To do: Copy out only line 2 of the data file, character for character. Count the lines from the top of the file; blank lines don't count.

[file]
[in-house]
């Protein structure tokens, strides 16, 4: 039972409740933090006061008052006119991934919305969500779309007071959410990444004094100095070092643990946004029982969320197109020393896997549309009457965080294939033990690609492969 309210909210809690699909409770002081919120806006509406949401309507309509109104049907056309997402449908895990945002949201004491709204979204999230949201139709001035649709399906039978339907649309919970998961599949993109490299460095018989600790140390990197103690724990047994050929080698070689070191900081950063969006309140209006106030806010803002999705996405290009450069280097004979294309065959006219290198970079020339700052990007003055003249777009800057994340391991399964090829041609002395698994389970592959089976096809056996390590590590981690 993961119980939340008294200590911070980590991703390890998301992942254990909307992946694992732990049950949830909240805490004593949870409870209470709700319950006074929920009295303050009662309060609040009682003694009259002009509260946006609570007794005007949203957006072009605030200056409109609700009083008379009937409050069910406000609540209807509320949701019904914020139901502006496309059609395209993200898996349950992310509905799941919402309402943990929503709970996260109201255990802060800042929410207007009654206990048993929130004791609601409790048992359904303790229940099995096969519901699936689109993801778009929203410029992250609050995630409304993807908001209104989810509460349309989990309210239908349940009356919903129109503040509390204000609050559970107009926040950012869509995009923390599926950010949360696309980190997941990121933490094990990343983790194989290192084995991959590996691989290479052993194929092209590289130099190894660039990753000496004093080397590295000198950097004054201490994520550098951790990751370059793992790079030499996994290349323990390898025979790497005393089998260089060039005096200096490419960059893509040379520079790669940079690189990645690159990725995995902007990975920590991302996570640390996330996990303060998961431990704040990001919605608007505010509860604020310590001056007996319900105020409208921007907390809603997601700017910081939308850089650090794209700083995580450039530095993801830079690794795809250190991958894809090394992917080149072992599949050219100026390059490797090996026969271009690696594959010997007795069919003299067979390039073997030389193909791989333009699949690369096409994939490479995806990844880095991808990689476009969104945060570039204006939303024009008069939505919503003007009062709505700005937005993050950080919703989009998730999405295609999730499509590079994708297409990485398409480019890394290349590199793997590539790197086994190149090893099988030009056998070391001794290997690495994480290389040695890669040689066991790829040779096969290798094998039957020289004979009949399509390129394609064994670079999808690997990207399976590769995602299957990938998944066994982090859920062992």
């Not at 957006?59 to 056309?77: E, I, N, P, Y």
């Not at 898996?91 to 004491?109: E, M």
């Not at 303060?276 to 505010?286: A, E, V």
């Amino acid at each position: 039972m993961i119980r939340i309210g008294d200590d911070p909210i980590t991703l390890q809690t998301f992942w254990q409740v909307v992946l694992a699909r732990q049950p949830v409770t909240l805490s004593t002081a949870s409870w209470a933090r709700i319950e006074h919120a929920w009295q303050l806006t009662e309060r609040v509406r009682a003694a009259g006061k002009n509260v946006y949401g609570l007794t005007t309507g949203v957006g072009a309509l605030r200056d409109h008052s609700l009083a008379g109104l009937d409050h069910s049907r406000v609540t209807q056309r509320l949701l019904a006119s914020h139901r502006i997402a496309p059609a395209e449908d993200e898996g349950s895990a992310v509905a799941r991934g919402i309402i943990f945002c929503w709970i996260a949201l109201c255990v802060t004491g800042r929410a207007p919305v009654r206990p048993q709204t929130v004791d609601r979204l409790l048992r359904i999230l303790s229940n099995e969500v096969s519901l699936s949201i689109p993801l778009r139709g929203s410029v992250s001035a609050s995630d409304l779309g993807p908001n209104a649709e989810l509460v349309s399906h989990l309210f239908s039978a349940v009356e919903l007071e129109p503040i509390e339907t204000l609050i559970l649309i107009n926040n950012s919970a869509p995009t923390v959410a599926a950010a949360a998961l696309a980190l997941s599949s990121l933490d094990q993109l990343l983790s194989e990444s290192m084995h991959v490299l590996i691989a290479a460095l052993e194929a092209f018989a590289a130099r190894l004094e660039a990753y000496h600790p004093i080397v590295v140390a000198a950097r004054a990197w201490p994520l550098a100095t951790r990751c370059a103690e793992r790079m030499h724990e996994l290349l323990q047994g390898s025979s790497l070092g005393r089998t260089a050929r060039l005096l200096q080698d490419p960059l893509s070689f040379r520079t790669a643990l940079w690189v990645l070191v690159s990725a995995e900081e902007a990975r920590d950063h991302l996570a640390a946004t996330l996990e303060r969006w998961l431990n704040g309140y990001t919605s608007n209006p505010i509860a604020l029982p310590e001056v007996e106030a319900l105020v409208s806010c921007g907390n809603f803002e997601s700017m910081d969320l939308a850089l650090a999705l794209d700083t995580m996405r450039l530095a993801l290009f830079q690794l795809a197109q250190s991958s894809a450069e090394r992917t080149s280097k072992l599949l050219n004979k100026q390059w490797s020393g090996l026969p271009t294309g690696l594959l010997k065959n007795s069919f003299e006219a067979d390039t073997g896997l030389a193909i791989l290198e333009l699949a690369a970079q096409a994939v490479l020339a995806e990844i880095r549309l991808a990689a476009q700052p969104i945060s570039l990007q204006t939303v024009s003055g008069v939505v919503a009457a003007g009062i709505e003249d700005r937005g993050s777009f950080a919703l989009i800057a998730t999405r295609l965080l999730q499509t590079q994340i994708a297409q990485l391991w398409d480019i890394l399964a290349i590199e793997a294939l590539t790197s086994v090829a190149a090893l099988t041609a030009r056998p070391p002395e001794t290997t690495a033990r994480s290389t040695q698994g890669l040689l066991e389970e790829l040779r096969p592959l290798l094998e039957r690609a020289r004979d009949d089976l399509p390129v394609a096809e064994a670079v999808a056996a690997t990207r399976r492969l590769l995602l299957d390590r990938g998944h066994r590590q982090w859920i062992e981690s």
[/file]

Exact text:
């Protein structure tokens, strides 16, 4: 039972409740933090006061008052006119991934919305969500779309007071959410990444004094100095070092643990946004029982969320197109020393896997549309009457965080294939033990690609492969 309210909210809690699909409770002081919120806006509406949401309507309509109104049907056309997402449908895990945002949201004491709204979204999230949201139709001035649709399906039978339907649309919970998961599949993109490299460095018989600790140390990197103690724990047994050929080698070689070191900081950063969006309140209006106030806010803002999705996405290009450069280097004979294309065959006219290198970079020339700052990007003055003249777009800057994340391991399964090829041609002395698994389970592959089976096809056996390590590590981690 993961119980939340008294200590911070980590991703390890998301992942254990909307992946694992732990049950949830909240805490004593949870409870209470709700319950006074929920009295303050009662309060609040009682003694009259002009509260946006609570007794005007949203957006072009605030200056409109609700009083008379009937409050069910406000609540209807509320949701019904914020139901502006496309059609395209993200898996349950992310509905799941919402309402943990929503709970996260109201255990802060800042929410207007009654206990048993929130004791609601409790048992359904303790229940099995096969519901699936689109993801778009929203410029992250609050995630409304993807908001209104989810509460349309989990309210239908349940009356919903129109503040509390204000609050559970107009926040950012869509995009923390599926950010949360696309980190997941990121933490094990990343983790194989290192084995991959590996691989290479052993194929092209590289130099190894660039990753000496004093080397590295000198950097004054201490994520550098951790990751370059793992790079030499996994290349323990390898025979790497005393089998260089060039005096200096490419960059893509040379520079790669940079690189990645690159990725995995902007990975920590991302996570640390996330996990303060998961431990704040990001919605608007505010509860604020310590001056007996319900105020409208921007907390809603997601700017910081939308850089650090794209700083995580450039530095993801830079690794795809250190991958894809090394992917080149072992599949050219100026390059490797090996026969271009690696594959010997007795069919003299067979390039073997030389193909791989333009699949690369096409994939490479995806990844880095991808990689476009969104945060570039204006939303024009008069939505919503003007009062709505700005937005993050950080919703989009998730999405295609999730499509590079994708297409990485398409480019890394290349590199793997590539790197086994190149090893099988030009056998070391001794290997690495994480290389040695890669040689066991790829040779096969290798094998039957020289004979009949399509390129394609064994670079999808690997990207399976590769995602299957990938998944066994982090859920062992």